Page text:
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In “The Ones Who Walk Away From Omelas” and “The Lottery”, Ursula Le Guin and Shirley Jackson depict a seemingly perfect society built on dark secrets. In the story, “The Ones Who Walk Away From Omelas”, Omelas is a utopian city of happiness and delight, whose inhabitants are smart and cultured. Everything about Omelas is pleasing, except for the secret of the city: the good fortune of Omelas requires that a single unfortunate child be kept in perpetual filth, darkness and misery, and that all its citizens should be told of this when they come of age.
After being exposed to the truth, most of the people of Omelas are initially shocked and disgusted, but are ultimately able to come to terms with the fact and resolve to live their lives in such a manner as to make the suffering of the unfortunate child worth it; however, some choose to leave. In the story, “The Lottery”, a small village of about 300 has an annual lottery; women, men, and children participate, to see who will be the chosen to ensure enough rain to the corn crops.
The way the winner does this is to be stoned to death. The way that the authors use irony to portray the story societies as wonderful and perfect and then toward the end show their dark secrets creates the intriguing and captivating works that they are.
In the story, “The Ones Who Walk Away From Omelas”, Omelas seems at first to be a beautiful and happy place.
It takes place during a festival and there are children running around laughing and music. It talks about a race that is going to take place and how the horses are excited, “(the horses) flared their nostrils and pranced and boasted to one another,” with streamers of silver, gold, and green braided into their hair. The story has and air of excitement and celebration that is soon questioned when the author begins to talk about the child.
Omelas is shown to have a dark secret when it tells of the child who has to live in deplorable conditions in order for the rest of Omelas to prosper and have joy. The child is kept in a room about the size of a cupboard and is without clothes. It lives on only a “half-bowl of corn meal and grease a day” and is covered in festered sores from where it’s repeatedly sat in its own excrement. The author also goes on to tell of how once the children are old enough to understand, between 8 and 12, they are told of what is happening and why.
In the story it says, “Some of them understand why, and some do not, but they all understand that their happiness, the beauty of their city, the tenderness of their friendships, the health of their children, the wisdom of their scholars, the skill of their makers, even the abundance of their harvest and the kindly weathers of their skies, depend wholly on this child’s abominable misery.” This quote means that the child must live in retched conditions for the rest of the people to live happy lives; that if the child wasn’t living in misery that they wouldn’t be able to understand and appreciate the happiness in their lives.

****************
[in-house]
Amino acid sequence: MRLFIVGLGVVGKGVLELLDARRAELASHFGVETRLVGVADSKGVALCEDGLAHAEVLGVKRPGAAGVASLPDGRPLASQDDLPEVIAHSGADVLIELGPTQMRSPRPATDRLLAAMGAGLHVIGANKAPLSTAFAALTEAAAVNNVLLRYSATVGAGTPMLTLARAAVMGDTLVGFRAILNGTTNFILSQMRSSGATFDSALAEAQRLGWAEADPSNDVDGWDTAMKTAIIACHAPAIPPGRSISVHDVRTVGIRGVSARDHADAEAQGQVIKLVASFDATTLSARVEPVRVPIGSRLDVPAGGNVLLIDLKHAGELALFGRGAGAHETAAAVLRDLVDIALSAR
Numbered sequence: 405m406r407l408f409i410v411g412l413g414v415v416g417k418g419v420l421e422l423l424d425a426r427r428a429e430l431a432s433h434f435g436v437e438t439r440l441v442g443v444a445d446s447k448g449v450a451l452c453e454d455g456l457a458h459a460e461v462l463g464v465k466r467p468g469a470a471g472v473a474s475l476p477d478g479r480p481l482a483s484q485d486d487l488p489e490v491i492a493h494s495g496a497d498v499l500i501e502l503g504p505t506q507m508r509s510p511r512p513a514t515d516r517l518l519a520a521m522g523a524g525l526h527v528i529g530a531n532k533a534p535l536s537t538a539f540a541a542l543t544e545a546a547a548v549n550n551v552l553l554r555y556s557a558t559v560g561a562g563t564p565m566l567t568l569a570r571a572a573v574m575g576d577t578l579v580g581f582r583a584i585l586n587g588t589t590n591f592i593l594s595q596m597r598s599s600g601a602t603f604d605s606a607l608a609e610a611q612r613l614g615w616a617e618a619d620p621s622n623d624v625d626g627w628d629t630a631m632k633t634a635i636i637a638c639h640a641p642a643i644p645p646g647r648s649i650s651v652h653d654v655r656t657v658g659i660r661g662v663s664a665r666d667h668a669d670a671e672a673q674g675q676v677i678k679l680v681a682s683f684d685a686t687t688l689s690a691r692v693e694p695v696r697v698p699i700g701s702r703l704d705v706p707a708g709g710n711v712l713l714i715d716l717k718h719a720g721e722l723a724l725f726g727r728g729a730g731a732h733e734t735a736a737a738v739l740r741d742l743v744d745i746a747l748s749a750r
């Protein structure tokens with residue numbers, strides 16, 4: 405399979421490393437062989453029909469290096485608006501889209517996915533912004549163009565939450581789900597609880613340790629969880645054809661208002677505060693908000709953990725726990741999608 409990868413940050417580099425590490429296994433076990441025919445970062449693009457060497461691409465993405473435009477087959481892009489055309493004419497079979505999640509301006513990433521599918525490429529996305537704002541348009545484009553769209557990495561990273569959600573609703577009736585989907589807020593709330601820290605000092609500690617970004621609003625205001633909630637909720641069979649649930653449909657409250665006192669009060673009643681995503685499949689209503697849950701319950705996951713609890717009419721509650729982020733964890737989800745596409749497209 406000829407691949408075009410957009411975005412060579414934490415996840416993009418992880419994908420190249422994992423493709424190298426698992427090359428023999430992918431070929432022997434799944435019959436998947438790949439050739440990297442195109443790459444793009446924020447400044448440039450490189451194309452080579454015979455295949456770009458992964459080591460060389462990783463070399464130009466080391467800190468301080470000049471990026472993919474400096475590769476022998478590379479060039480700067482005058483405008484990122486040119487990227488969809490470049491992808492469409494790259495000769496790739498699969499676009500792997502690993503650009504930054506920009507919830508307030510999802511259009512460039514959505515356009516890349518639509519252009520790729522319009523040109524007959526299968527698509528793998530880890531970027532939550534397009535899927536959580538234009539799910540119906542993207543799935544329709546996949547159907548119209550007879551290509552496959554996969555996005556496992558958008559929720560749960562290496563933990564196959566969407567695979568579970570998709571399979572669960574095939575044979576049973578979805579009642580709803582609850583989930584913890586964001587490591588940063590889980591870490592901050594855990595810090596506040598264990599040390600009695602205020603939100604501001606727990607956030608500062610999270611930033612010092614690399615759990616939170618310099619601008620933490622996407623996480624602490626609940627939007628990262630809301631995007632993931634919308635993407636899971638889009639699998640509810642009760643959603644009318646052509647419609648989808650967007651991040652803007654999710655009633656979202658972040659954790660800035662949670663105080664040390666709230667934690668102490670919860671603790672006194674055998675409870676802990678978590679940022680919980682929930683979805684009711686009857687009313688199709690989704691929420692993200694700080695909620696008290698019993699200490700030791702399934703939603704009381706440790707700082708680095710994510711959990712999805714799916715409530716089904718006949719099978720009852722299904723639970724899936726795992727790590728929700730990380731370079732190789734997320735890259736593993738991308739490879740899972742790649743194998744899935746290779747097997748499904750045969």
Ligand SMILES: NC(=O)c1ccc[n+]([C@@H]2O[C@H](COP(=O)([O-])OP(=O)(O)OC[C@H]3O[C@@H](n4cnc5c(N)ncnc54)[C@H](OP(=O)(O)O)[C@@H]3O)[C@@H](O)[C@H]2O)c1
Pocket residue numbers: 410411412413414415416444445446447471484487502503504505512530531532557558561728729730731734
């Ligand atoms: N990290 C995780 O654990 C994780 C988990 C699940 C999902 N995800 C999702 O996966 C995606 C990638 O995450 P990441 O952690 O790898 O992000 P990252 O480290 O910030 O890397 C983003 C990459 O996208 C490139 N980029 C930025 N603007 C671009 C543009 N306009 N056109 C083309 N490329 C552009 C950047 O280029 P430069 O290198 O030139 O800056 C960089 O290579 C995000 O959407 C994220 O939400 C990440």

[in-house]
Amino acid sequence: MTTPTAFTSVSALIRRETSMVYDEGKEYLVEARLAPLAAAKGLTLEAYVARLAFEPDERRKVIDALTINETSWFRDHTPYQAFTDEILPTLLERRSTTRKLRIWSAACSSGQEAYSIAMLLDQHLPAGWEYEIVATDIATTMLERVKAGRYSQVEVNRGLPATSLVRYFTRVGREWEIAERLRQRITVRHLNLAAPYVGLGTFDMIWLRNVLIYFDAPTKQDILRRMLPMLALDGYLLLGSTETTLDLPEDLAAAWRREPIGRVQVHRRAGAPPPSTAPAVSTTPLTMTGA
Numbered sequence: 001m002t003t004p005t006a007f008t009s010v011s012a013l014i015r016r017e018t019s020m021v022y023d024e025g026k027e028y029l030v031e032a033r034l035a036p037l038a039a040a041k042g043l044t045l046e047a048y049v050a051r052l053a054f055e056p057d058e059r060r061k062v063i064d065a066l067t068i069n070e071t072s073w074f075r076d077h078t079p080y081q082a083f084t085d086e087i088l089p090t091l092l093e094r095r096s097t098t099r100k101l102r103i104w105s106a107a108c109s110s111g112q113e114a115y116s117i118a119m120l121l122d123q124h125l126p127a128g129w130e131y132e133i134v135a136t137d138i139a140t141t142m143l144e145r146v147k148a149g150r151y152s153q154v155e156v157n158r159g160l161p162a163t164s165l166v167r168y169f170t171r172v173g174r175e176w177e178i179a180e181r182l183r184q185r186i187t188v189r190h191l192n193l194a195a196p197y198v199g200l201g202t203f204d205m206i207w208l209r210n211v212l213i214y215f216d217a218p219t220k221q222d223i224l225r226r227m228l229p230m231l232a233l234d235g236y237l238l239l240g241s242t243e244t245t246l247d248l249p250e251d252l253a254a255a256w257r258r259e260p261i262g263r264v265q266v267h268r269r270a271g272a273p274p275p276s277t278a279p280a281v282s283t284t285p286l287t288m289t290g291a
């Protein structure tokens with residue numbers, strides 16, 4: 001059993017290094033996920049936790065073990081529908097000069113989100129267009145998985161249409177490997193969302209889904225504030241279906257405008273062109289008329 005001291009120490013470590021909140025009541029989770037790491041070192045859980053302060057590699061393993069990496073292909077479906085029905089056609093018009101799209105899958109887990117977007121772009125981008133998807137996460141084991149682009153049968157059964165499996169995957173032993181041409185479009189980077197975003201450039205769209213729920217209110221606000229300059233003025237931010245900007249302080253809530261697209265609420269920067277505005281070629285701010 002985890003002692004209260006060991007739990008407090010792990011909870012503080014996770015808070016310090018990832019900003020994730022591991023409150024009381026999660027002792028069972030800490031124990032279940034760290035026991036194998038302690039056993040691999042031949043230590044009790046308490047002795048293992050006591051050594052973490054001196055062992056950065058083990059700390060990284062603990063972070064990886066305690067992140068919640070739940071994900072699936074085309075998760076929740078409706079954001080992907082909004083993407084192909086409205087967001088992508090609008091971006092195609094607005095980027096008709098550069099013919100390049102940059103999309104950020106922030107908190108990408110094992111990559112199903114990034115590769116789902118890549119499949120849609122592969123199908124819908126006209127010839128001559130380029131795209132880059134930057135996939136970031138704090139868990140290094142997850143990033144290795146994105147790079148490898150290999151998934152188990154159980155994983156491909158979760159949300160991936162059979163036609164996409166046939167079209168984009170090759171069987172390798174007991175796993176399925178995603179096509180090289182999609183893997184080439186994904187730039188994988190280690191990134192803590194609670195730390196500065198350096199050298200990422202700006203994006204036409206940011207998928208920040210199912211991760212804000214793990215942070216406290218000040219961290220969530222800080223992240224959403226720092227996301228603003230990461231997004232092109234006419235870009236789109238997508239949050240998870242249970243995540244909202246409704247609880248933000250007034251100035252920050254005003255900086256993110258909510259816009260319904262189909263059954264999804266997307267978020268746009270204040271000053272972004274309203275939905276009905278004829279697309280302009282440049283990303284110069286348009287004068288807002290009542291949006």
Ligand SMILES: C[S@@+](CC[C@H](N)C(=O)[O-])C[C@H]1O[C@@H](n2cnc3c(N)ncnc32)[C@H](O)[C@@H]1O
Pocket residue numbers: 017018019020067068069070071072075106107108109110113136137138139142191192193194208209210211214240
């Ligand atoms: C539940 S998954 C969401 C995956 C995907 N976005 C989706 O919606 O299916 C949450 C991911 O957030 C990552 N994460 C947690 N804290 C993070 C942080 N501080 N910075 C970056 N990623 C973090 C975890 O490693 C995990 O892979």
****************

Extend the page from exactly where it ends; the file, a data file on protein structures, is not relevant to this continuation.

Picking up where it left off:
“The Lottery” also depicts a wonderful and pleasing New England village. The day is depicted to be bright, with fragrant flowers and green lawns. The children are fidgety and boisterous do to the ending of school for the summer. The story talks about the children and what they’re doing while they wait for the adults to gather, “Bobby Martin had already stuffed his pockets full of stones, and the other boys soon followed his example, selecting the smoothest and roundest stones,” the act of gathering stones seems like a harmless and normal activity at the beginning. The townspeople are gathering in a square between the post office and the bank for the annual lottery. It gives off an air of what can be interpreted as nervous excitement that soon is shown to be anything but.
The story takes a turn for the dark side when it talks about the relief from the crowd when they or a child wasn’t chosen. It also is horrible in the fact that it says that “the whole lottery took less than two hours, so it could begin at ten o’clock in the morning and still be through in time to allow the villagers to get home for noon dinner?” They make sure that the stoning of a person to death isn’t inconvenient and delay mealtime; they’re more interested in making it home for dinner than being horrified at the fact that they just killed a person. Also the children take part in the stoning and are even encouraged to participate, “(t)he children had stones already, and someone gave little Davy Hutchinson few pebbles”.
In “The Ones Who Walk Away From Omelas” and “The Lottery”, Ursula K. Le Guin and Shirley Jackson depict a seemingly perfect society but with a dark part. In “The Ones Who Walk Away From Omelas” a child must live in retched conditions so that the rest on the village could prosper and in “The Lottery” each year a person must be stoned to death to ensure bountiful rain. The way that the authors portray first a utopian society and then delve into the dark secrets of the societies create the great stories.
Le Guin, Ursula K. “The Ones Who Walk Away From Omelas.” Backpack Literature. Kennedy, X. J. and Dana Gioia. University of Southern California, 2012. 252-257. Jackson, Shirley. “The Lottery.” Backpack Literature. Kennedy, X. J. and Dana Gioia. University of Southern California, 2012. 258-265
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